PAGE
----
Ayşegül Savas | Longreads | January 2020 | 10 minutes (2,603 words)
Recently while running, I listened to Donna Tartt’s The Goldfinch on audiobook. It was recommended to me because of my interest in suspenseful novels and books about art.
An hour into listening, I was puzzled by the book’s two-dimensional characters and unbelievable plot twists. Back from a run, I read that although the book had won the Pulitzer Prize, there’d been some controversy surrounding the award. Francine Prose drew attention to Tartt’s lazy clichés. James Wood described the book as a children’s story. The Paris Review, London Review of Books, and Sunday Times had similar things to say.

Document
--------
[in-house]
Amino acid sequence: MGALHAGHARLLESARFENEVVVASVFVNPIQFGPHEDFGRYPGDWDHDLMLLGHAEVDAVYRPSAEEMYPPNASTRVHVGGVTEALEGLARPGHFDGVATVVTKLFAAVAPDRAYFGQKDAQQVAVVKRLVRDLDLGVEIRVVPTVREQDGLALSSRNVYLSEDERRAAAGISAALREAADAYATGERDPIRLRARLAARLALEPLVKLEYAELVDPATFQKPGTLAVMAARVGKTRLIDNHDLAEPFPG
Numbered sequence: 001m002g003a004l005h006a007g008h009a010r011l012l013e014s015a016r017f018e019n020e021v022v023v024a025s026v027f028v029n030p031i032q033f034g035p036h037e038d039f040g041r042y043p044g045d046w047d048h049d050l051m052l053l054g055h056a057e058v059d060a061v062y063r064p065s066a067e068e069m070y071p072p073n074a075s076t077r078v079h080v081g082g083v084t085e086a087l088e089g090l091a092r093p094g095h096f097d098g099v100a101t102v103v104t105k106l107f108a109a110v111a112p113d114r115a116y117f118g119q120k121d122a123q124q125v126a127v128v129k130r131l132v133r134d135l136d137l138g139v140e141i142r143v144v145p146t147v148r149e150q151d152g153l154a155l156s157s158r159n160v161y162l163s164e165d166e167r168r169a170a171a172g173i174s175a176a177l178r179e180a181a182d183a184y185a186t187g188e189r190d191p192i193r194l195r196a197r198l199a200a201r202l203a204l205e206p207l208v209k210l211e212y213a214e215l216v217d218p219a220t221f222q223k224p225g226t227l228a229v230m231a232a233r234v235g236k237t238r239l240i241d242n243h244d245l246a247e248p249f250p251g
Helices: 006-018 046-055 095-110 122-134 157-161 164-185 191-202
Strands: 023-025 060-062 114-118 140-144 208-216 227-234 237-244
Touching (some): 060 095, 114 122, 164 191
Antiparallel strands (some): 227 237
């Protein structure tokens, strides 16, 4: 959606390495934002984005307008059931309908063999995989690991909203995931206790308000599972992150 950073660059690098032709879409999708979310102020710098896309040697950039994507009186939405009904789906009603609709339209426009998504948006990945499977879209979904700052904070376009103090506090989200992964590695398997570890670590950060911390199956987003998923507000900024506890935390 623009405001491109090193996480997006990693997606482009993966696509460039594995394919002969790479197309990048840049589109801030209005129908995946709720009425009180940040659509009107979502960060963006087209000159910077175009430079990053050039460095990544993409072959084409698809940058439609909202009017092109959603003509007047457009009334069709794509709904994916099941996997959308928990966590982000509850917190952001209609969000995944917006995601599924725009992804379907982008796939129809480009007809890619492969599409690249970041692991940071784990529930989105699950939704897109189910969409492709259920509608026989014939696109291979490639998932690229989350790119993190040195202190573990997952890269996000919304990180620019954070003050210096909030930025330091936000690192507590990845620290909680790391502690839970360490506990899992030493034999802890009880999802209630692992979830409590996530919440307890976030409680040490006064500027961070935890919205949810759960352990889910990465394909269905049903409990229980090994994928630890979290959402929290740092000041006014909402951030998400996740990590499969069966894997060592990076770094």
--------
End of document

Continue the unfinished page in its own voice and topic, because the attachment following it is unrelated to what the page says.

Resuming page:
Several chapters later, I realized that none of the criticisms had objected to the book’s racism. After another search, I was relieved to see that one article on Salon questioned the book’s “wishful portrayal of people of color,” all of whom played the part of loving, docile servants. The writer carefully dissected these characters, revealing the “banal multicultural textbook” fantasy of an old world with its antique paintings and selfless servants, which continually looked away from real racial dynamics.
But by the end of the article, the writer had still not mentioned, in her meticulous study of racial blind spots as they applied to peripheral characters, the racism at the book’s very center, in the character of the Russian Boris who is the protagonist’s nemesis and best friend.
I’m especially surprised that this had gone entirely unnoticed in the U.S ever since the book’s publication in 2013, even though literary conversations of the past decade have often simultaneously been conversations about identity.